Christmas is approaching rapidly – and so is my anticipation to it! Spending the days with family and friends, cozy candle light everywhere, and a warming glass of Glühwein, that’s the best! I could spend the entire year looking forward to those days 🙂 That is why I used my spare time on the weekend to cook a perfectly christmassy Glühwein jam. Glühwein is the German version of Scandinavian Glögg, and according to wikipedia it is apparently called mulled wine in Britain. It is basically warm wine, mixed a little bit of fresh orange juice and christmas spice like cinnamon, cloves and sterned aniseed. So I figured, if you like it that much, why not make a jam that tastes like Glühwein? It also has the advantage, that you can actually work after having tasted it, because it does not make you tipsy!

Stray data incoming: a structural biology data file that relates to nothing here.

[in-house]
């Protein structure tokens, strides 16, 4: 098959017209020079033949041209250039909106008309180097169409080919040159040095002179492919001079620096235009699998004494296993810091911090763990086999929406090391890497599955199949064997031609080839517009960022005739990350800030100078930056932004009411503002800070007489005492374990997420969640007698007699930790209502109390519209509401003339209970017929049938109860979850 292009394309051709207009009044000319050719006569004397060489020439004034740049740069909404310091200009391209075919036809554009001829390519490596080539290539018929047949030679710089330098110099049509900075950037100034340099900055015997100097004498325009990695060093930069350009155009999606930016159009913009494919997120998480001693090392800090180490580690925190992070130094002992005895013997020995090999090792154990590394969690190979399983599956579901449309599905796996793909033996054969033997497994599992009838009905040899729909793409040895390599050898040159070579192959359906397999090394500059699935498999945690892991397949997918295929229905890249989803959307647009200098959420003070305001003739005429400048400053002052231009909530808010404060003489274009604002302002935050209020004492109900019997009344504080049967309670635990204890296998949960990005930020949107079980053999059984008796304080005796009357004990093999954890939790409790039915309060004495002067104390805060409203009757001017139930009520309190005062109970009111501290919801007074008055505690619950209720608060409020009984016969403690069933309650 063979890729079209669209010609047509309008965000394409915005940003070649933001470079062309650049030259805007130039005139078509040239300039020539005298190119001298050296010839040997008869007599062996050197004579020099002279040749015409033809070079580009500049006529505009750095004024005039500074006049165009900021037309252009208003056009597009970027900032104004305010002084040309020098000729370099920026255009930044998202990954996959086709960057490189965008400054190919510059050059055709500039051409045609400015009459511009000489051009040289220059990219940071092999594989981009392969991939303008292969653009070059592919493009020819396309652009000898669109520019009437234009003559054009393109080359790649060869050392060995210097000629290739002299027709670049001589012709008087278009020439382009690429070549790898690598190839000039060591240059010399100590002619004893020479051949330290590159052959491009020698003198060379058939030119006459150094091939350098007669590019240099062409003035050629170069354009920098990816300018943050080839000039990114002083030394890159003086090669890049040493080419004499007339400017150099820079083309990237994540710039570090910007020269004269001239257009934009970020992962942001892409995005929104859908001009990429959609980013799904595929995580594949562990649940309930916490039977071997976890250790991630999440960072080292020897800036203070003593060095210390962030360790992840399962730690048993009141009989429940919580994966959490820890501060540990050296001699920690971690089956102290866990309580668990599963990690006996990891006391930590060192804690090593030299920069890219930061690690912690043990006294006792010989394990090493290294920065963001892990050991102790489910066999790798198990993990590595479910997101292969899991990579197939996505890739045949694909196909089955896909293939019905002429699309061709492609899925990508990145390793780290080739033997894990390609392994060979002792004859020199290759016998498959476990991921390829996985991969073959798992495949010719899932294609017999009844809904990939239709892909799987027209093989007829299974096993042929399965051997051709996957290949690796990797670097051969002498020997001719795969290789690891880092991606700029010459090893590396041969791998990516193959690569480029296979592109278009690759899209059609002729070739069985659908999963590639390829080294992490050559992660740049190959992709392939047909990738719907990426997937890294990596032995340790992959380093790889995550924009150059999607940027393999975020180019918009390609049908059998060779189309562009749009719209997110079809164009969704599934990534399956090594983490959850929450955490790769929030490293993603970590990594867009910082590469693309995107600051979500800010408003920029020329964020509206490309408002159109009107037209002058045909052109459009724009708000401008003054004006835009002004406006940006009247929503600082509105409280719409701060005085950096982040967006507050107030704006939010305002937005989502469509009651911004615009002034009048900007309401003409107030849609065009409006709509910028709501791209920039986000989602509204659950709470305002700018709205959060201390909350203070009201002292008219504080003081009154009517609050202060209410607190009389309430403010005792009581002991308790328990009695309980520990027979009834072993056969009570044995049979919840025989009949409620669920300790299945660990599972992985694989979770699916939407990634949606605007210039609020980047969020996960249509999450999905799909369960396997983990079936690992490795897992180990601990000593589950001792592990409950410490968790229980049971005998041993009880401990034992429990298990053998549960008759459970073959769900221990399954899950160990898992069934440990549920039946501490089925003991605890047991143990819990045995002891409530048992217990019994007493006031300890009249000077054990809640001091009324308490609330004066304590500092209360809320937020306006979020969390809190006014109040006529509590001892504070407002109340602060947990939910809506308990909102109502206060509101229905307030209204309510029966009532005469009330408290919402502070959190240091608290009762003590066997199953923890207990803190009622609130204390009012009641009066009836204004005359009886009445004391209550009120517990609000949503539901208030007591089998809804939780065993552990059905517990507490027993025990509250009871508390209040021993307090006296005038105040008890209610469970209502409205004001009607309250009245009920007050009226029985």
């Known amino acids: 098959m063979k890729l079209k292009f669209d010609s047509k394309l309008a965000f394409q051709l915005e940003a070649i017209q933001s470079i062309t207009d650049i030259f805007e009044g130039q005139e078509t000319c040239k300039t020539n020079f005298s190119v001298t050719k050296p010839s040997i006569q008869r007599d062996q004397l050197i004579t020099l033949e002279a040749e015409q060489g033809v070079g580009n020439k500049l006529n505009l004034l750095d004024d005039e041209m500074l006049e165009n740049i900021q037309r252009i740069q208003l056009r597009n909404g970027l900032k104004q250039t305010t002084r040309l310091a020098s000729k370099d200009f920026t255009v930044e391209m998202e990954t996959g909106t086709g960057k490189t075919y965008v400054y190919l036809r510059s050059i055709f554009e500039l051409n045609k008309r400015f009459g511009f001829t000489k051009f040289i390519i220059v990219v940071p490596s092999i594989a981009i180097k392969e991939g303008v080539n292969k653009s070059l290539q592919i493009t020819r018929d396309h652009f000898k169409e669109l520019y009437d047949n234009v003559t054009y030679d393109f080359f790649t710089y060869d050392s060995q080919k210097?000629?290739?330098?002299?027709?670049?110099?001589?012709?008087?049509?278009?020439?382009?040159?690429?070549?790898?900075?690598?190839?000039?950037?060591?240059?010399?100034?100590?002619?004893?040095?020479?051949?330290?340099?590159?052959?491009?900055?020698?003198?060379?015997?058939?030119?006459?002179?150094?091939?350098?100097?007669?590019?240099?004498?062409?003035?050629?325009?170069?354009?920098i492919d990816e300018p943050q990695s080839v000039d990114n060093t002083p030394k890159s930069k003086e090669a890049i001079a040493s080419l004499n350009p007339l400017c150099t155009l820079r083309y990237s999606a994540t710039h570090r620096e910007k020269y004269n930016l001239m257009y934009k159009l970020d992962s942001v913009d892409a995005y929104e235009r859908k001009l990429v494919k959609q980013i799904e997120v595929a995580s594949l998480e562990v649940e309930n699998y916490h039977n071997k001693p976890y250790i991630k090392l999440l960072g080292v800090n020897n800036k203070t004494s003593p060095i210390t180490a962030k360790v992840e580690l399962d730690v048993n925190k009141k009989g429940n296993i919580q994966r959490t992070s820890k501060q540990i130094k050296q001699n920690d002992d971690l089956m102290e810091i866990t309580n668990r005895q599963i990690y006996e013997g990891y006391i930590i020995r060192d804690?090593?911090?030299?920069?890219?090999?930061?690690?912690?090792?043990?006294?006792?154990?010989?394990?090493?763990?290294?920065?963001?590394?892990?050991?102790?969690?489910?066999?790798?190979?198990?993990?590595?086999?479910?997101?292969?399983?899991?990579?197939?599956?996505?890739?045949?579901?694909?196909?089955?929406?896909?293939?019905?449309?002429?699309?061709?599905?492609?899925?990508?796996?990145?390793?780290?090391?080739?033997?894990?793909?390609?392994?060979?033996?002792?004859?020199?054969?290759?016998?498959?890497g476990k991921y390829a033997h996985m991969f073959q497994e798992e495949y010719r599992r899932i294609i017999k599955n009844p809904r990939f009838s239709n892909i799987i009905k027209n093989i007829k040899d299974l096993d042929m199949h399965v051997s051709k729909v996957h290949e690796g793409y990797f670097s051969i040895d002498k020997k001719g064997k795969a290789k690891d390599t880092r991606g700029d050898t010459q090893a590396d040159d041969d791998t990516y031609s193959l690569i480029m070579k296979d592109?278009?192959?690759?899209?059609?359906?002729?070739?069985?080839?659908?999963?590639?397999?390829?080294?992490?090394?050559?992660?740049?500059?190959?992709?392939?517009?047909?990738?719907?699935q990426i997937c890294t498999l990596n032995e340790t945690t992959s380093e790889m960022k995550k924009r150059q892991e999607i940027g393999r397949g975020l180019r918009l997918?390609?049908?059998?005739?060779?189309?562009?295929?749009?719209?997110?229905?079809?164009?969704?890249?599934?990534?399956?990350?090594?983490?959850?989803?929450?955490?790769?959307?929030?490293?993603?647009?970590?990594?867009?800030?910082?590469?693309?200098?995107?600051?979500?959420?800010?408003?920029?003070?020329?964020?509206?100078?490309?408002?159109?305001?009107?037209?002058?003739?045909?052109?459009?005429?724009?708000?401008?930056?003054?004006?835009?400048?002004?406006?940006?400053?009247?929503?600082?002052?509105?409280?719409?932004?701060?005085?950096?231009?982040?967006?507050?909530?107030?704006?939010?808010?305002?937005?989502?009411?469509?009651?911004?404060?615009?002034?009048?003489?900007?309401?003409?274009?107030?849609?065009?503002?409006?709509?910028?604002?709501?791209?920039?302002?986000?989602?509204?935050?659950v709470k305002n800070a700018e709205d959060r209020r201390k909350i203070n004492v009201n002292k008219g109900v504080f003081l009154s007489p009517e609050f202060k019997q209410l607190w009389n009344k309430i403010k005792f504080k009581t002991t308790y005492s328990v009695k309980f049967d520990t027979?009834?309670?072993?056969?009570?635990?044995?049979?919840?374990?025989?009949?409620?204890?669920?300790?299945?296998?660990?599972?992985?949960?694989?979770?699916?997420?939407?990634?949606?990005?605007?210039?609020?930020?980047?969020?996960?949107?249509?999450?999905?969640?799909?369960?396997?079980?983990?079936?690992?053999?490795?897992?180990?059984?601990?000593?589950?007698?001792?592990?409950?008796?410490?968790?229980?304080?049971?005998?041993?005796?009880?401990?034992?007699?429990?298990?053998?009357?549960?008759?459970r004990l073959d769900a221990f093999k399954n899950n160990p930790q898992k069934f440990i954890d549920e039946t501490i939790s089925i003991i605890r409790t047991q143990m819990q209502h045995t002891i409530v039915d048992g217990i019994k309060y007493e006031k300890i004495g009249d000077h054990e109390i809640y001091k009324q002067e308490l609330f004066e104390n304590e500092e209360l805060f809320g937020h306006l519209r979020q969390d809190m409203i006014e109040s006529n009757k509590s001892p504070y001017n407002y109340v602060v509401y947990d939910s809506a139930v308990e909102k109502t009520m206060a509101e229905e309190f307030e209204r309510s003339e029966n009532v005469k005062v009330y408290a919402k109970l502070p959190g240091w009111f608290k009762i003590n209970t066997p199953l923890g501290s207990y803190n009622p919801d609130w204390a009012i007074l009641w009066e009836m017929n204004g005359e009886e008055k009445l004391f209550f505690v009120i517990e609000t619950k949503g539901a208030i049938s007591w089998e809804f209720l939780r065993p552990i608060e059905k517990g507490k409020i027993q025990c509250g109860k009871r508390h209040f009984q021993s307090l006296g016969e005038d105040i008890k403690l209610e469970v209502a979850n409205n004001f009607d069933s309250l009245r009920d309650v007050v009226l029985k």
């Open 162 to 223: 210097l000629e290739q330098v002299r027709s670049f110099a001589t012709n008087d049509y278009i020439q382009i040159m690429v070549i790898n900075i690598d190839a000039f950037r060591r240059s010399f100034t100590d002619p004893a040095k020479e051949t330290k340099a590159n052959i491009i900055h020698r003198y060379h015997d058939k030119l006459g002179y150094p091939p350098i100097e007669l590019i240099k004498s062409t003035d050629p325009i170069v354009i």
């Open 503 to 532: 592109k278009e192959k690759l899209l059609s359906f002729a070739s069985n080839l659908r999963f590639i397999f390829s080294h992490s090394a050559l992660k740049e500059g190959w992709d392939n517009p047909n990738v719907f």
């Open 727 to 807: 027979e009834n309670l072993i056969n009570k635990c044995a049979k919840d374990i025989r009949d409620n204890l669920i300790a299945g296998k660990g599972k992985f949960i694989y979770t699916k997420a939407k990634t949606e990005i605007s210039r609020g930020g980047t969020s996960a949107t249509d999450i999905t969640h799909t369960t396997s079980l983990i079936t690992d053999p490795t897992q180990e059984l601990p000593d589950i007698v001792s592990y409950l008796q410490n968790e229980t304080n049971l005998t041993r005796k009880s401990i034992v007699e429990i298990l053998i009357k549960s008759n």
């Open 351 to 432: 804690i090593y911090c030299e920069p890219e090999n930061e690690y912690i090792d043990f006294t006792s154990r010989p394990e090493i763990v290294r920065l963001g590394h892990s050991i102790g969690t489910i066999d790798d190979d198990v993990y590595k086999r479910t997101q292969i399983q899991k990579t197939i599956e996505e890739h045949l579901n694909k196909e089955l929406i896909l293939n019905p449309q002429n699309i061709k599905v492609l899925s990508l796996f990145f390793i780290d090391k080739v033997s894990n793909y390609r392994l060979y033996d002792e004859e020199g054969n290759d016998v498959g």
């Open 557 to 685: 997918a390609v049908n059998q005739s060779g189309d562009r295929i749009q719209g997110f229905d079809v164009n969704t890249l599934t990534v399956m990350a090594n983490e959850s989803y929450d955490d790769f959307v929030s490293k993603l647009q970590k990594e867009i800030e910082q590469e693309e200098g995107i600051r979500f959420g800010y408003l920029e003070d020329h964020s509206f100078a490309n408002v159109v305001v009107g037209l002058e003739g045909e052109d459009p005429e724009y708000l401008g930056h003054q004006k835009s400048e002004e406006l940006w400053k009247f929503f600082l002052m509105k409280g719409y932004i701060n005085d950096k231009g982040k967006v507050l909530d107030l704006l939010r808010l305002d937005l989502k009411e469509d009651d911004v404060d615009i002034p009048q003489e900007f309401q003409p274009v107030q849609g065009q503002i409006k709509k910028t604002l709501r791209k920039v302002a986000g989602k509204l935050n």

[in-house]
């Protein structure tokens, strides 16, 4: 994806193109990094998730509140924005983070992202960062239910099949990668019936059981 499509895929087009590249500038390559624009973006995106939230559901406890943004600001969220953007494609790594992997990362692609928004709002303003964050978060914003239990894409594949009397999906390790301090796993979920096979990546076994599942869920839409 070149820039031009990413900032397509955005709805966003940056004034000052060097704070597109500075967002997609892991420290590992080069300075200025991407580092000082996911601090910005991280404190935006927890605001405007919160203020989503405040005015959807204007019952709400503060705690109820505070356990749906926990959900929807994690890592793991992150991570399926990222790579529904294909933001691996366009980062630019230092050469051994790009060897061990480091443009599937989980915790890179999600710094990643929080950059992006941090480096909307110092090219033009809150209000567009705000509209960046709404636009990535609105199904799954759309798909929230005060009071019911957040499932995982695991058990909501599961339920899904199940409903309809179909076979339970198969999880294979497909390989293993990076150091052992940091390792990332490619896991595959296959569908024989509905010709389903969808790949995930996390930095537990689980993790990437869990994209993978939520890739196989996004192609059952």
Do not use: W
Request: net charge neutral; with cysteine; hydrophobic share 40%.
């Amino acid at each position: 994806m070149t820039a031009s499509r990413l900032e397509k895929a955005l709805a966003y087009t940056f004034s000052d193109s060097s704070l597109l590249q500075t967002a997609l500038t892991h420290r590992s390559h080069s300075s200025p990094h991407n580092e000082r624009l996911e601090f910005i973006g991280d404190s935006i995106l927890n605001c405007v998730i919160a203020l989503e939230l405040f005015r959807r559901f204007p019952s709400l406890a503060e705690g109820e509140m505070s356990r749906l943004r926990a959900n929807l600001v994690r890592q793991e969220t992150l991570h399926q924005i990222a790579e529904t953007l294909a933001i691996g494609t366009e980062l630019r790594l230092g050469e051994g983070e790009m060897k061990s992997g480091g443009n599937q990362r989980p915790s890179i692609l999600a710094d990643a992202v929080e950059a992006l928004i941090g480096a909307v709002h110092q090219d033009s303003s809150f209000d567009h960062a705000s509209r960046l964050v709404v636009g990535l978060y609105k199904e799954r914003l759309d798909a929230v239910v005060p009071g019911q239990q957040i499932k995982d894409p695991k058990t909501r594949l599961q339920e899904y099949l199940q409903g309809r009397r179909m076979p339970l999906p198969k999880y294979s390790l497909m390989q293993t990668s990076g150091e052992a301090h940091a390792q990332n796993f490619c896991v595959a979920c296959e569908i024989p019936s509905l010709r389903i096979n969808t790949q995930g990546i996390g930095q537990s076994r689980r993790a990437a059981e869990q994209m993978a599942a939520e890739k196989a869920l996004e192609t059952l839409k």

So here is, how I approached my christmas marmelade project:
Ingredients for 5 large glasses:
1200 g wild berries
400 ml red wine (I prefer a dry one, but that is up to personal taste)1 Orange
3 tea bags of spicey christmas tea
600 g sugar
2 tsp. gelling powder for marmelade
cinnamon, cardamom, vanilla sugar
Press the juice of the orange into a small pan and add the tea bags. Slowly heat up the juice. In the meantime, defrost the berries on the stove, after 3 minutes add the wine to the berries. When the fruit are not frozen anymore, add the warm orange juice and the tea bags unitl the mass starts boiling. Squeeze and then remove the teabags. Boil the fruits for 5 minutes under constant stirring. Meanwhile mix gelling powder with 2 tbsp. sugar, and add cinnamon, cardamom and vanilla sugar to the sugar according to taste. After 5 minutes passed, add the sugar-spice mixture and boil for another 2 minutes. Then add the gelling powder-sugar mixture to the fruits and boil everything until it starts thickening. Rinse the jam glasses and fill in the fruit mass. Clean the screw-cap with a wet paper towels and cap the glasses.
Tip: I like to give self-made jam as a small gift to friends and family, especially when christmas is approaching 😉